Baby-Friendly USA is excited to announce the release of the updated Guidelines and Evaluation Criteria (GEC) 6th edition, for the United States, which will apply to all Baby-Friendly designation assessment letters received on or after June 1, 2023. The Interim GEC, which has been the basis for assessments since February 1, 2020, will remain in effect until that time.
The GEC gives meaning and specific definition to each of the Ten Steps to Successful Breastfeeding for implementation in the US. As indicated by its title, this document includes both the Guidelines facilities need to follow and the Evaluation Criteria that clearly spell out the minimum standards that a facility must achieve in order to become Baby-Friendly designated. It is the most important tool hospitals use to guide their work through the Baby-Friendly designation process.
The release of the updated document represents the culmination of three years of work by BFUSA to bring the GEC for the US fully into alignment with the Implementation Guidance released by WHO and UNICEF in 2018, as well as their Competency Verification Toolkit released in 2020. BFUSA also took this opportunity to address some other important issues.
The updated GEC has been given a fresh new look and is a more robust document than its predecessor with more detailed information to support each practice. Beyond these general changes, the guidelines are new in four important respects:
Communications – The updated guidelines emphasize meaningful conversations and shared decision-making between providers and families around evidence-based practices. The key components of these meaningful conversations are captured in the acronym ENCOURAGES: Empathize, Non-judgmental, Confirm, Open-ended questions, Use competent skills, Responsive care, Affirm, Give evidence-based information, Empower, and S These critical concepts are woven throughout the updated GEC document, and are also included in several of the Evaluation Criteria.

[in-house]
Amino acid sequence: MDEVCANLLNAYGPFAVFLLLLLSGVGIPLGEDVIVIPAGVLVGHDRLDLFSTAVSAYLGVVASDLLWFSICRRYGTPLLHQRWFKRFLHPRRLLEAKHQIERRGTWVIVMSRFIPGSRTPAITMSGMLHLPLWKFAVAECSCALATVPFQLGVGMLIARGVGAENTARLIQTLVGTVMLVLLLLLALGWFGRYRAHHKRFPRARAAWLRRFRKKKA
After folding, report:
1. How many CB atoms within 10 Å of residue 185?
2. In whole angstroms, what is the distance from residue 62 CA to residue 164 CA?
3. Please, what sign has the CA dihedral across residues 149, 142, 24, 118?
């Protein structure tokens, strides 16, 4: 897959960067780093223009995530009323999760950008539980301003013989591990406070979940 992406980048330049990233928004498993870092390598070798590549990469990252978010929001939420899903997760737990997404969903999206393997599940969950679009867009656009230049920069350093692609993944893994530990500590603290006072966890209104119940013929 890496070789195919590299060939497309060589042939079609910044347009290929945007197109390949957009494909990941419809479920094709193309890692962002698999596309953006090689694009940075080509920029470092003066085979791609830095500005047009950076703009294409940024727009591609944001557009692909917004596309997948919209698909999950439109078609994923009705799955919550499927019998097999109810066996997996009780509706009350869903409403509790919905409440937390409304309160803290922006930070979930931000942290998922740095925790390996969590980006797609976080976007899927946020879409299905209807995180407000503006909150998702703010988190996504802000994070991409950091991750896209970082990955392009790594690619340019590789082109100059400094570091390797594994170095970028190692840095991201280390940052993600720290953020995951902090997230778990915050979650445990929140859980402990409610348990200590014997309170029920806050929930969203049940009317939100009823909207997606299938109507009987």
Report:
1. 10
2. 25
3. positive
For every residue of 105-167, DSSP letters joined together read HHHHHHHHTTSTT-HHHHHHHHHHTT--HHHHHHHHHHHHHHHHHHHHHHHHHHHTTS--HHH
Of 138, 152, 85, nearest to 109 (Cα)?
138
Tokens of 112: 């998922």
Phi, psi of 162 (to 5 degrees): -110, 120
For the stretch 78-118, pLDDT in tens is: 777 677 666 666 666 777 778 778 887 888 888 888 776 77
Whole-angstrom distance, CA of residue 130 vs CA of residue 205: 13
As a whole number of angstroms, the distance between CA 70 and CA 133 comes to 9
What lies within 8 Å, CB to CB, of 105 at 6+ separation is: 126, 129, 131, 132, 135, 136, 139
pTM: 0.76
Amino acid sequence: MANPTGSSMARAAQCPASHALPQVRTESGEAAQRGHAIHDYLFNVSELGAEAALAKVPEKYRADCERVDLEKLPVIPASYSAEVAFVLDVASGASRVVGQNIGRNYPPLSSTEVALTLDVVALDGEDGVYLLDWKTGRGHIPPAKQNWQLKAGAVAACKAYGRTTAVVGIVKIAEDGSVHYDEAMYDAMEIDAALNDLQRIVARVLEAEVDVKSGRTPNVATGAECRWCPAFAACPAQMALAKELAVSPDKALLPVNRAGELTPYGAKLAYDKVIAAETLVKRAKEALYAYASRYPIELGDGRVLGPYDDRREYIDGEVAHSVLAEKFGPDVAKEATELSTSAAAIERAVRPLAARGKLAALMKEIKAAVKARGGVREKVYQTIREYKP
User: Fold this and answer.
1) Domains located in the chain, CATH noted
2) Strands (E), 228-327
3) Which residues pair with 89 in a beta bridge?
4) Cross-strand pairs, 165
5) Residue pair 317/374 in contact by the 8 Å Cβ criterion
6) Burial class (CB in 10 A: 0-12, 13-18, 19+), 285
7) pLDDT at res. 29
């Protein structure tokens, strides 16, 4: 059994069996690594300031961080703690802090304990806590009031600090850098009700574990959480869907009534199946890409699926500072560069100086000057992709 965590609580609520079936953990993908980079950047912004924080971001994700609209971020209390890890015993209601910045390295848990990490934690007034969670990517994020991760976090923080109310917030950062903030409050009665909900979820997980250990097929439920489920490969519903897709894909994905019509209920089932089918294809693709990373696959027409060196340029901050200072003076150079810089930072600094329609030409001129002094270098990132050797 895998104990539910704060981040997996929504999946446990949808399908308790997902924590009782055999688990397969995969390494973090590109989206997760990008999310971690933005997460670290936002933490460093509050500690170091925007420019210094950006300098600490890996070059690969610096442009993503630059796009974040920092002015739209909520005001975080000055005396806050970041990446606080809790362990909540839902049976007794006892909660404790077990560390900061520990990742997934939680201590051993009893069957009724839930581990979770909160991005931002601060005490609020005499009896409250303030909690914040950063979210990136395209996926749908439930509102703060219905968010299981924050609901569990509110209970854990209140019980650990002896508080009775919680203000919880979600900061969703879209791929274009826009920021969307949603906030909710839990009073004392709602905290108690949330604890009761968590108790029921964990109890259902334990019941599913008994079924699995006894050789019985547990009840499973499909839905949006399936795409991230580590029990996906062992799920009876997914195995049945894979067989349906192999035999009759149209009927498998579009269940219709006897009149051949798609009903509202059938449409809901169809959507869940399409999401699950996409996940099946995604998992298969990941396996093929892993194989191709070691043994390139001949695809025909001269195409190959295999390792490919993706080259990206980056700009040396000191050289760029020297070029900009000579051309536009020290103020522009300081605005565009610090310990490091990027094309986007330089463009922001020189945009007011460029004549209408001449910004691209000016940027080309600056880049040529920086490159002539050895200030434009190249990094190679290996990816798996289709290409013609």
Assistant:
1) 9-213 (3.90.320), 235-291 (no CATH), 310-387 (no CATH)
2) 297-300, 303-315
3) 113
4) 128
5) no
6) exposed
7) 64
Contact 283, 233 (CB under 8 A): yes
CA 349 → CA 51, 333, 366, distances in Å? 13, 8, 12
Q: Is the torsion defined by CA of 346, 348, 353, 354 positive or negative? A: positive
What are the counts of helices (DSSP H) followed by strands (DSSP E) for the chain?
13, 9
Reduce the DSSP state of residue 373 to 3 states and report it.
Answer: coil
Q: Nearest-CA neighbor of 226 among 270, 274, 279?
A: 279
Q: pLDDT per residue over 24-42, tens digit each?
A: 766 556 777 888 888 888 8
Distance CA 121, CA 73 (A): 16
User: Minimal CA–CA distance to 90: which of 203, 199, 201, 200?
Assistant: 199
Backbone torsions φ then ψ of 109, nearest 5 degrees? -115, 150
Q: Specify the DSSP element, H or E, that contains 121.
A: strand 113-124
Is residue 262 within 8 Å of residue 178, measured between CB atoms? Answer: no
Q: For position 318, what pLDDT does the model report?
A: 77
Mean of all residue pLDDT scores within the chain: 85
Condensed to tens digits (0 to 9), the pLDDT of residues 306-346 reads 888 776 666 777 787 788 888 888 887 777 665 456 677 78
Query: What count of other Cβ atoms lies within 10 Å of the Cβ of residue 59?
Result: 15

Competency – A completely new approach for Step 2 places a strong emphasis on competency verification with targeted training to address identified gaps in knowledge and skills, instead of the current one-size-fits-all program of 20 hours of training on specific topics. Also, the description of each of the Ten Steps includes a new section called “Performance Indicators Indicating Competency,” which provides detailed information about the competencies staff and providers must possess in order to properly support that step.
Equity – One of the foundational goals of the BFHI is to ensure the consistent application of evidence-base best practice standards for every mother and baby in all care settings. The updated GEC sharpens the focus on inclusion, cultural humility, and equity, while highlighting the importance of collecting data by race and ethnicity.
Safety – Above all else, the updated guidelines highlight the importance of safety. The descriptions for each of the Ten Steps also includes a new section called “Safe implementation of Practice,” which provides detailed information about the safe ways to implement evidence-based practices, as well as the missteps that must be avoided to ensure no patient harm is experienced.
The updated GEC also provides facilities a compilation of guidance for each of the Ten Steps, which consists of documents, policies, and/or protocols from recognized national or international authorities. These resources offer information pertaining to important issues facilities should address as they consider the best way to implement a practice.
“This is a momentous occasion for the healthcare providers throughout the US who are committed to upholding the highest standards of infant feeding care – and the families, individuals, mothers and babies they support,” said Trish MacEnroe, BFUSA’s former CEO and the leader of the effort to launch the updated GEC in the US.
“I want to offer my heartfelt thank you to everyone who helped bring us to this important moment,” said Eileen FitzPatrick, BFUSA’s new CEO. “I’m so pleased to be associated with so many caring professionals who are committed to ensuring evidence-based practices are implemented consistently and compassionately every day in birthing facilities throughout the country.”
>> Go to the Updated GEC